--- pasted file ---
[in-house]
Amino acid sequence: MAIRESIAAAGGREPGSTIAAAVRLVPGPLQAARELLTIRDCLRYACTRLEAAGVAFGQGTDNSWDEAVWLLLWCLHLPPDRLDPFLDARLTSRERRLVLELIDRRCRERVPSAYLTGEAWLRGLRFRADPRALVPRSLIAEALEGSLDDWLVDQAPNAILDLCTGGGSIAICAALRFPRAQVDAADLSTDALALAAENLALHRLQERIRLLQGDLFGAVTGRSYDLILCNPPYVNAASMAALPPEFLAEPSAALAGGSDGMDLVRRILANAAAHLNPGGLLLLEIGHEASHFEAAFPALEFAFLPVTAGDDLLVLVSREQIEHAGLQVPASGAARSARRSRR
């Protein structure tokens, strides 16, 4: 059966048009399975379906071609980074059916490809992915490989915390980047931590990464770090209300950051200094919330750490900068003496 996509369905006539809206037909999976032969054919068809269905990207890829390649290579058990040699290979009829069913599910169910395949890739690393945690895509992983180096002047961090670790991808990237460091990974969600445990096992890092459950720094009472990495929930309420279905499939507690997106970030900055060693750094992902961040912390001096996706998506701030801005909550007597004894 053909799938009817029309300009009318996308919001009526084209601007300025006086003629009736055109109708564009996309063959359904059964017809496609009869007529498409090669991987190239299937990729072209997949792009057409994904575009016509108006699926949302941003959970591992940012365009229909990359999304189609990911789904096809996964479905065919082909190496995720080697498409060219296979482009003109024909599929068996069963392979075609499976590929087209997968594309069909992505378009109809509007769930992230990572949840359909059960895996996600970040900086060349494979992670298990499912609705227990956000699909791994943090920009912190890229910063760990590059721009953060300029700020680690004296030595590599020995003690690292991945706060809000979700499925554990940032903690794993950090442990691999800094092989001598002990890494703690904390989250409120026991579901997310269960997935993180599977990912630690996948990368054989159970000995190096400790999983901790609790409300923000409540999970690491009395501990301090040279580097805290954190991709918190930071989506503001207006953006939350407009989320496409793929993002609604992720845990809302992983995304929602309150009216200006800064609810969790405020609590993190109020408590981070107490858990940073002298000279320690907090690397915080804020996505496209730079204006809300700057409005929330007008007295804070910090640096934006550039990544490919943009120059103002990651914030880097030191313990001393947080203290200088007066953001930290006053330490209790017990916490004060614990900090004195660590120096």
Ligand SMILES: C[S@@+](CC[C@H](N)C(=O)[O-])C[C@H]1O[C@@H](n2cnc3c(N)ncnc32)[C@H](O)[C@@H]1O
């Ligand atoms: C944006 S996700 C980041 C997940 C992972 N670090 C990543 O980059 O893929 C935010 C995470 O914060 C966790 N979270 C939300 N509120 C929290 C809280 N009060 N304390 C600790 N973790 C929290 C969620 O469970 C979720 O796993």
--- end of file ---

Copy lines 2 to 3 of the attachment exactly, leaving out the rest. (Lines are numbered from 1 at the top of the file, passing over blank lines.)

Amino acid sequence: MAIRESIAAAGGREPGSTIAAAVRLVPGPLQAARELLTIRDCLRYACTRLEAAGVAFGQGTDNSWDEAVWLLLWCLHLPPDRLDPFLDARLTSRERRLVLELIDRRCRERVPSAYLTGEAWLRGLRFRADPRALVPRSLIAEALEGSLDDWLVDQAPNAILDLCTGGGSIAICAALRFPRAQVDAADLSTDALALAAENLALHRLQERIRLLQGDLFGAVTGRSYDLILCNPPYVNAASMAALPPEFLAEPSAALAGGSDGMDLVRRILANAAAHLNPGGLLLLEIGHEASHFEAAFPALEFAFLPVTAGDDLLVLVSREQIEHAGLQVPASGAARSARRSRR
């Protein structure tokens, strides 16, 4: 059966048009399975379906071609980074059916490809992915490989915390980047931590990464770090209300950051200094919330750490900068003496 996509369905006539809206037909999976032969054919068809269905990207890829390649290579058990040699290979009829069913599910169910395949890739690393945690895509992983180096002047961090670790991808990237460091990974969600445990096992890092459950720094009472990495929930309420279905499939507690997106970030900055060693750094992902961040912390001096996706998506701030801005909550007597004894 053909799938009817029309300009009318996308919001009526084209601007300025006086003629009736055109109708564009996309063959359904059964017809496609009869007529498409090669991987190239299937990729072209997949792009057409994904575009016509108006699926949302941003959970591992940012365009229909990359999304189609990911789904096809996964479905065919082909190496995720080697498409060219296979482009003109024909599929068996069963392979075609499976590929087209997968594309069909992505378009109809509007769930992230990572949840359909059960895996996600970040900086060349494979992670298990499912609705227990956000699909791994943090920009912190890229910063760990590059721009953060300029700020680690004296030595590599020995003690690292991945706060809000979700499925554990940032903690794993950090442990691999800094092989001598002990890494703690904390989250409120026991579901997310269960997935993180599977990912630690996948990368054989159970000995190096400790999983901790609790409300923000409540999970690491009395501990301090040279580097805290954190991709918190930071989506503001207006953006939350407009989320496409793929993002609604992720845990809302992983995304929602309150009216200006800064609810969790405020609590993190109020408590981070107490858990940073002298000279320690907090690397915080804020996505496209730079204006809300700057409005929330007008007295804070910090640096934006550039990544490919943009120059103002990651914030880097030191313990001393947080203290200088007066953001930290006053330490209790017990916490004060614990900090004195660590120096």